MONROVIA, Montserrado – Oscar Bloh, chairman of the Elections Coordinating Committee, is calling on the National Elections Commission to make available information to the public on the status of election materials that were transferred to the various countries in preparation for the presidential runoff election.
The ECC is a consortium of civil society organizations working on the elections. They have been observing the process since the beginning of the electoral cycle.
Jerome Korkoya, chairman of the National Elections Commission recently told a news conference in Monrovia that due to the stay order issued by the Supreme Court on the presidential runoff election into a writ of prohibition filed by the Liberty Party, some election materials had already arrived in Maryland, Grand Kru, River Gee, and Grand Gedeh.
Bloh, addressing a news conference on Thursday, said it is prudent that NEC informs the public on the condition and situation of the materials.
The chairman of the ECC called for a speedy and timely adjudication of the writ of prohibition filed by Liberty party before the Supreme Court.
Bloh said the ECC is urging the court to maintain such space in hearing and adjudicating all other electoral petitions that may be filed before it, and arrive at rulings that are guided by laws and not influenced by public sentiments.
He said NEC is moving in the right direction for giving priority to the hearing of complaints filed before it by the All Liberian Party of Benoni Urey as well as Liberty Party, as instructed by the Supreme Court.
“While the ECC acknowledged the legal technicalities and complexities associated with the electoral petitions and the doctrine of due process, it is calling on NEC to provide regular updates to the public on progress made on the disposition of the LP case and all other complaints,” he said.
This, according to Bloh, will help build confidence in the electoral process and minimize the anxiety.
He said while Liberians are anxious to know when the presidential runoff election will be held, speculations on the formation of an interim government is premature as the country has not yet reached the political crisis point. Additionally, he said that the fact that disputes are being heard is reason to urge Liberians to allow the rule of law to take its course.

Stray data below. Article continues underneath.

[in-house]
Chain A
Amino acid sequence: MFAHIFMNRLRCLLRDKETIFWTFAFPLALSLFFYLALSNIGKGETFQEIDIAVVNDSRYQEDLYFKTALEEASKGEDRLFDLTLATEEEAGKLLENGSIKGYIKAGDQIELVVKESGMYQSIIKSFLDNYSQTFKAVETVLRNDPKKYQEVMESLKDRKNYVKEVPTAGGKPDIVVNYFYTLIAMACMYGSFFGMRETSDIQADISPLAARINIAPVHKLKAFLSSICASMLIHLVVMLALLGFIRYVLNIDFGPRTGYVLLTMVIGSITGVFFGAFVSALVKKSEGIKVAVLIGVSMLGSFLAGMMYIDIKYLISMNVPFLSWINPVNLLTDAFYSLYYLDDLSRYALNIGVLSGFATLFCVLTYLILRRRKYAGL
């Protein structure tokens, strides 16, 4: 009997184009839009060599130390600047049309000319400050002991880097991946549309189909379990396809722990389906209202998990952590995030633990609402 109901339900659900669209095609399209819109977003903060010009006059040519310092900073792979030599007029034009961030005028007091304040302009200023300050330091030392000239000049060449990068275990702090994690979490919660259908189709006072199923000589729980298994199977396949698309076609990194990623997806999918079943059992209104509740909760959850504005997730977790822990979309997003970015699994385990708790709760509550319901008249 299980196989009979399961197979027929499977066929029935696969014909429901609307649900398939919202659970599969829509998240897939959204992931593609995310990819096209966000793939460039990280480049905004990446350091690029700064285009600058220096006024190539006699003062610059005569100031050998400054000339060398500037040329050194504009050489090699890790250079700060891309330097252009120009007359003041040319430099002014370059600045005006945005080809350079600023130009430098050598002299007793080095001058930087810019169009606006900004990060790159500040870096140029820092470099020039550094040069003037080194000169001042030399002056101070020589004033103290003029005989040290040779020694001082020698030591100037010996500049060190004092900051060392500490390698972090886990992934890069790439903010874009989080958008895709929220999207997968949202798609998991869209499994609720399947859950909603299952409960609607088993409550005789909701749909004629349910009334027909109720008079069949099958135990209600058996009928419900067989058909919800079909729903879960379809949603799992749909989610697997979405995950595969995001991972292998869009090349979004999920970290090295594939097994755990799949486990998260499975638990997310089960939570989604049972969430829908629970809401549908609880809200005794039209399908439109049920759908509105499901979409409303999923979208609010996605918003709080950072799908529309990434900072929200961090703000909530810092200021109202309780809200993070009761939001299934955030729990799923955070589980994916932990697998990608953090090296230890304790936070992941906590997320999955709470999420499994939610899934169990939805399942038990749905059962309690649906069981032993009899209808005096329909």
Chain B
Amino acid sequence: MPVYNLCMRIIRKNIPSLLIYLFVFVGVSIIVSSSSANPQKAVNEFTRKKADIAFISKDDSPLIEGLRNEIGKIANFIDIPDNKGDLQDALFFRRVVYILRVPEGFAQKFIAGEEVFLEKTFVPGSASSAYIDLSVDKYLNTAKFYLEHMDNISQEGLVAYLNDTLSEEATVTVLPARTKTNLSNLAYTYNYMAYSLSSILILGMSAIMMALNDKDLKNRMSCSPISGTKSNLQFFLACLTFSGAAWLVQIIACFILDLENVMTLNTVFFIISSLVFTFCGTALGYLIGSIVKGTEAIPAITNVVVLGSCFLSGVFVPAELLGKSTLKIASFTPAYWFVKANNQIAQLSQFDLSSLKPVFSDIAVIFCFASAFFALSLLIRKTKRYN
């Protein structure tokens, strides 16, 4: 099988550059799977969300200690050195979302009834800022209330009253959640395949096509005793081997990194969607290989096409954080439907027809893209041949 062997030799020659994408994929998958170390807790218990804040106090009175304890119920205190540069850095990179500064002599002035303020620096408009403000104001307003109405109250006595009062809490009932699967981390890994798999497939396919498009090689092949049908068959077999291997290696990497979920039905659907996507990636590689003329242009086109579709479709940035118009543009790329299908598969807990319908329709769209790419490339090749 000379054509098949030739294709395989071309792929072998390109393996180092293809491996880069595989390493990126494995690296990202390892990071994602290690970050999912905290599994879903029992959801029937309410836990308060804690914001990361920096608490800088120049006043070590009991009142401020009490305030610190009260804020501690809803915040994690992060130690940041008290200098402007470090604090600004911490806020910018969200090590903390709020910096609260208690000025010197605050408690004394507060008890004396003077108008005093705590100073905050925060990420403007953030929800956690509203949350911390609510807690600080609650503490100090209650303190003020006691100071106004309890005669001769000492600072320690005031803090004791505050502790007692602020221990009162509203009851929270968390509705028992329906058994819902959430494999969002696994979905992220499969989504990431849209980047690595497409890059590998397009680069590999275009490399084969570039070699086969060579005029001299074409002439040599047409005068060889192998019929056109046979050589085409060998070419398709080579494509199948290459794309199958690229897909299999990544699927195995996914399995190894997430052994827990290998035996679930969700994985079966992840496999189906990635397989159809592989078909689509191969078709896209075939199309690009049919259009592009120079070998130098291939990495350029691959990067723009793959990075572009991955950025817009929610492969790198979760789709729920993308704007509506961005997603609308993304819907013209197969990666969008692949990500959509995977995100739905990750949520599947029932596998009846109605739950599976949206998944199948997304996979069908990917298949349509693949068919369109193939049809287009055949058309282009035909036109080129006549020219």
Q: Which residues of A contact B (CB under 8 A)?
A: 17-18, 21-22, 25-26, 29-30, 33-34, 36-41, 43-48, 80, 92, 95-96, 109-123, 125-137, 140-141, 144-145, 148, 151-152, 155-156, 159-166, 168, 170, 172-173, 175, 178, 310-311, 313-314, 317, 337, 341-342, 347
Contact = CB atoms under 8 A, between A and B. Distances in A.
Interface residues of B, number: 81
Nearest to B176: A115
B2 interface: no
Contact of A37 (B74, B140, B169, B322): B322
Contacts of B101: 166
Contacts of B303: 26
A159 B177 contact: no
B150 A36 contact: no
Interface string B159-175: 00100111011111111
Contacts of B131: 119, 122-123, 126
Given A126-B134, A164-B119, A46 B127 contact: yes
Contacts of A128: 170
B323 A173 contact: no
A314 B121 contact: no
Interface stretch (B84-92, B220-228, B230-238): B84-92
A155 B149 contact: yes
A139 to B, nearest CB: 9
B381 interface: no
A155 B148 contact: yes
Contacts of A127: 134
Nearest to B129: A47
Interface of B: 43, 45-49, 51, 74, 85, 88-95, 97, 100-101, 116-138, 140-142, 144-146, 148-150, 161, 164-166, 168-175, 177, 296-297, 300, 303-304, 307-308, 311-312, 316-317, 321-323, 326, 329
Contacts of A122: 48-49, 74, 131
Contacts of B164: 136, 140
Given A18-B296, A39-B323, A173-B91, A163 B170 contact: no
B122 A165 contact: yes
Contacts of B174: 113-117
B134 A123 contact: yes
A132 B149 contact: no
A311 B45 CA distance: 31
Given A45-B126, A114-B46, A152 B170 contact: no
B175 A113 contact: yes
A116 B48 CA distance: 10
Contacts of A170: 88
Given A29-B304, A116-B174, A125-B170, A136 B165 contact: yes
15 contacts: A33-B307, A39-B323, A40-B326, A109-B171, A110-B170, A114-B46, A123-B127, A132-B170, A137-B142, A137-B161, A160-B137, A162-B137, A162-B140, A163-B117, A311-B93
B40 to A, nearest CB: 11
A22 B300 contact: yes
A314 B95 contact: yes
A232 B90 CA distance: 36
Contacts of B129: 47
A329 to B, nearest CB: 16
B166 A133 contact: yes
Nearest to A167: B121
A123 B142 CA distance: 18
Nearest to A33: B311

Bloh mentioned that in his organization’s preliminary observation report, all political parties and independent candidates were asked to pursue the legal process relating to all electoral disputes and petitions.
“The ECC lauded parties and independent candidates for taking the path of the law in seeking solutions to their grievances,” he added.
Bloh reiterated the ECC’s call for adherence to the rule of law in the adjudication of all electoral disputes and the protection of the country democracy and constitution.
“The ECC is concerned about the slow pace of the legal progress of electoral disputes and also aware that such creates uncertainty and concerns among Liberians regarding the holding of the presidential runoff election and its implication for the country’s political transition,” he said.
Bloh further said the ECC is calling on NEC to refrain from making public statements that run the risk of inferring judgments on petitions in the absence of according the aggrieved parties formal due process as was directed by the Supreme Court with the Liberty Party case.
The ECC chair also lauded leaders of various political parties for demonstrating leadership by calling on their supporters to remain calm while the electoral disputes and petitions are being heard.
The ECC remains the single largest professional civil society platform monitoring, documenting, and reporting all aspects of the electoral process and has deployed over 4,000 observers during the 2011 and 2014 elections in Liberia.
Members of the ECC include the West Africa Network for Peace Building, the Women NGOs Secretariat, Action for Genuine Democratic Alternative, the Center for Democratic Governance, and the Center for Media Studies and Peace Building.
Featured photo by Zeze Evans Ballah